- name: centos-7.2 # our recipes
       driver:
         customize:
           memory: 2048 # configurations for the given OS

   suites: # a list of environments
     - name: default # the name of the environment must be the same as the name of the test folder
       run_list: # run_list Chef
         - recipe[nginx_test::default]
       attributes:

Let's create the VM we have described:

   kitchen create default-centos-72

You can make sure that it has started and is working by entering it using kitchen login.

Writing the recipe

We won't bother much, that's why, let's just link up the existing recipe for nginx installation and call it:

# metadata.rb

   ...
   depends 'nginx'
   depends 'yum'
# recipes/default.rb

include_recipe 'nginx'

Now let's ask berks to pull in the dependencies and run the recipe on the VM:

   berks install
   kitchen converge default-centos-72

Writing the test

Tests should lie in a test/integration/name of the vm/ folder. If you are planning to use several testing frameworks, you need to create subfolders with their names, too.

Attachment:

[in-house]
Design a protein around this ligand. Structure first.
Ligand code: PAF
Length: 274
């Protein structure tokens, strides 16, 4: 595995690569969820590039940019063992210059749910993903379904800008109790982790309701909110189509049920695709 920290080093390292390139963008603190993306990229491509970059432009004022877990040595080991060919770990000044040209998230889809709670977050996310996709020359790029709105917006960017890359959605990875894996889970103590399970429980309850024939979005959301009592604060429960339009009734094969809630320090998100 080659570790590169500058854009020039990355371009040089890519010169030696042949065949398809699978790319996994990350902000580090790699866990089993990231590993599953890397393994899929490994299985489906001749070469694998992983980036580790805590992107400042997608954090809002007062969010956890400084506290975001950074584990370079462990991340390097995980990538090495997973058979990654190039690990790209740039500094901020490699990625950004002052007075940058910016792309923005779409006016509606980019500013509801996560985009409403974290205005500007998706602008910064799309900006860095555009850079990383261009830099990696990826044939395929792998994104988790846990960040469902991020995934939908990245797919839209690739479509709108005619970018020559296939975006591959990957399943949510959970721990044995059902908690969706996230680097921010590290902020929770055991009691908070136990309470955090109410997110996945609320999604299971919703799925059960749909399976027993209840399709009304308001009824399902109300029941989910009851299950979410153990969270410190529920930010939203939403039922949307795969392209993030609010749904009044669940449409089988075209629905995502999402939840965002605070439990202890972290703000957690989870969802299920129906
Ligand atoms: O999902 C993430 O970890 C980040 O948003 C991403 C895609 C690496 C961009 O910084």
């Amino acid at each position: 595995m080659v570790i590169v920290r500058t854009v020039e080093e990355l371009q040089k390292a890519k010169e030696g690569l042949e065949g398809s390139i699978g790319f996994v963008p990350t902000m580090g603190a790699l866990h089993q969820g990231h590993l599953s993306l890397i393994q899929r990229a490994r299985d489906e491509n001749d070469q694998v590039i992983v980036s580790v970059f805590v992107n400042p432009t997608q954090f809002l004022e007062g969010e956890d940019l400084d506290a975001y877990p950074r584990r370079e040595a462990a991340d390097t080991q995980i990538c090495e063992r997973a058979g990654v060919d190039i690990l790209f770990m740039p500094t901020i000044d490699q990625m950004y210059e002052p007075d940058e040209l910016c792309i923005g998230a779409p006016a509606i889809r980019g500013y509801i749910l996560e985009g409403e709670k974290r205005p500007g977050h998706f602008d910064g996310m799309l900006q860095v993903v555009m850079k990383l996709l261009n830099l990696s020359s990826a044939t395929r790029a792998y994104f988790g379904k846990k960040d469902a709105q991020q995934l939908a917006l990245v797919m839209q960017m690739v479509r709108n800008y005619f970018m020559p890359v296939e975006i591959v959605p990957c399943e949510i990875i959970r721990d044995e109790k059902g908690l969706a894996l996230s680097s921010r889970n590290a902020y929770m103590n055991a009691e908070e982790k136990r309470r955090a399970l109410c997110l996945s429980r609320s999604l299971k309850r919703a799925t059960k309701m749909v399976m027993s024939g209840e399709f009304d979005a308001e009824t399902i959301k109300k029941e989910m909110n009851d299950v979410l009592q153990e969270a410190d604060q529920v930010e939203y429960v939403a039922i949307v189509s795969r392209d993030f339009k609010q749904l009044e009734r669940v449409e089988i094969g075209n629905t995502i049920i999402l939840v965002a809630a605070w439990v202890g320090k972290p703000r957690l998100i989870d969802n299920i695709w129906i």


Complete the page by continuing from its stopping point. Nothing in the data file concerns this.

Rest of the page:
# test/integration/default/test_spec.rb

   describe package("nginx") do
     it { should be_installed } # the package should be installed
   end

   describe file("/etc/nginx/sites-available/default") do
     it { should exist } # the configuration file should exist
   end

   describe command("curl localhost") do
     its("stdout") { should match "404 Not Found" }
     # nginx must send back 404 at our request
   end

Time to run our test!

   kitchen verify default-centos-72

You can delete the created machine this way: kitchen destroy default-centos-72.

I want to notice that if you have already done all this scope of work, you don't have to create the machine, then run the recipe and tests on it every time. You can implement all the three operations in one command: kitchen test default-centos-72

This is it. We have learned how to create VMs for our Chef recipes and test them using InSpec. Good luck with your application :)